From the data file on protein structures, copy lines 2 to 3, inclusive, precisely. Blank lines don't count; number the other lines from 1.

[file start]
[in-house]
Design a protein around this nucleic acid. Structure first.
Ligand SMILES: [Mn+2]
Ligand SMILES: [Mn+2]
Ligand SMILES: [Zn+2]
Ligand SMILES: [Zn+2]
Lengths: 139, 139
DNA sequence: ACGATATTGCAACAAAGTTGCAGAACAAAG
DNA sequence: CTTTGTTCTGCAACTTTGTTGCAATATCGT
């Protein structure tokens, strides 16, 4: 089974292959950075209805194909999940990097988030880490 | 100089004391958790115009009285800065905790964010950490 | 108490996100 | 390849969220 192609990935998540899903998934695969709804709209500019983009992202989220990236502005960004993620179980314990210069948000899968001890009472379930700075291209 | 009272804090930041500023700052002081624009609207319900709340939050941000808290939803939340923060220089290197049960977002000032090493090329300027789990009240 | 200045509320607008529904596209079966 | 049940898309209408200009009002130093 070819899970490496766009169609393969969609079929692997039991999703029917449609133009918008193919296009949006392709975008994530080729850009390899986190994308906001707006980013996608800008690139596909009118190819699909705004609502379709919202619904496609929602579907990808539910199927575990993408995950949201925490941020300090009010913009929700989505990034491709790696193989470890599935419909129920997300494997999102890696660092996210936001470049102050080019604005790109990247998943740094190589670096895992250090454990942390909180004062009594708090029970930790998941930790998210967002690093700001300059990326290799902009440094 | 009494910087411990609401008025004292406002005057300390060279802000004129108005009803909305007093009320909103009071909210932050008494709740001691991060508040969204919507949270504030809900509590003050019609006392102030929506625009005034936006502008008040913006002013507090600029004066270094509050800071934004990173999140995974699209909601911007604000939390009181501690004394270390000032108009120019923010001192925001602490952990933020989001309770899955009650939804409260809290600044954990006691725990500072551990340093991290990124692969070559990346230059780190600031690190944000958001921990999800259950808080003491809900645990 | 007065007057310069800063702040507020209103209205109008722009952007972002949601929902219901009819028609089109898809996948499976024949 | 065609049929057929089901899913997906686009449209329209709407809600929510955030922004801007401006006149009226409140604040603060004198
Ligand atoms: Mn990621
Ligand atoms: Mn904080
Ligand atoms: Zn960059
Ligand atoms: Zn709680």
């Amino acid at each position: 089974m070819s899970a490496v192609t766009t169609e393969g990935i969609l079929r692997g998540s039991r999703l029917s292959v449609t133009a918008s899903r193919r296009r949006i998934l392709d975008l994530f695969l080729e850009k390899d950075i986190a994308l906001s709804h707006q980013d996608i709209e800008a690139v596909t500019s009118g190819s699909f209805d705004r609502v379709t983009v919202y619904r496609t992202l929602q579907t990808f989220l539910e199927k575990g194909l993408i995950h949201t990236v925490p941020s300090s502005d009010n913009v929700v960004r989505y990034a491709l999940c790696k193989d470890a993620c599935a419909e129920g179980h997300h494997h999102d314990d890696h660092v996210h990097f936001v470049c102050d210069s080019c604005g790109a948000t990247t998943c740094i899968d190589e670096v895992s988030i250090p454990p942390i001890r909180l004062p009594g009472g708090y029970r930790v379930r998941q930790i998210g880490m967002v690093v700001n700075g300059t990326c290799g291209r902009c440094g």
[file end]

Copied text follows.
Design a protein around this nucleic acid. Structure first.
Ligand SMILES: [Mn+2]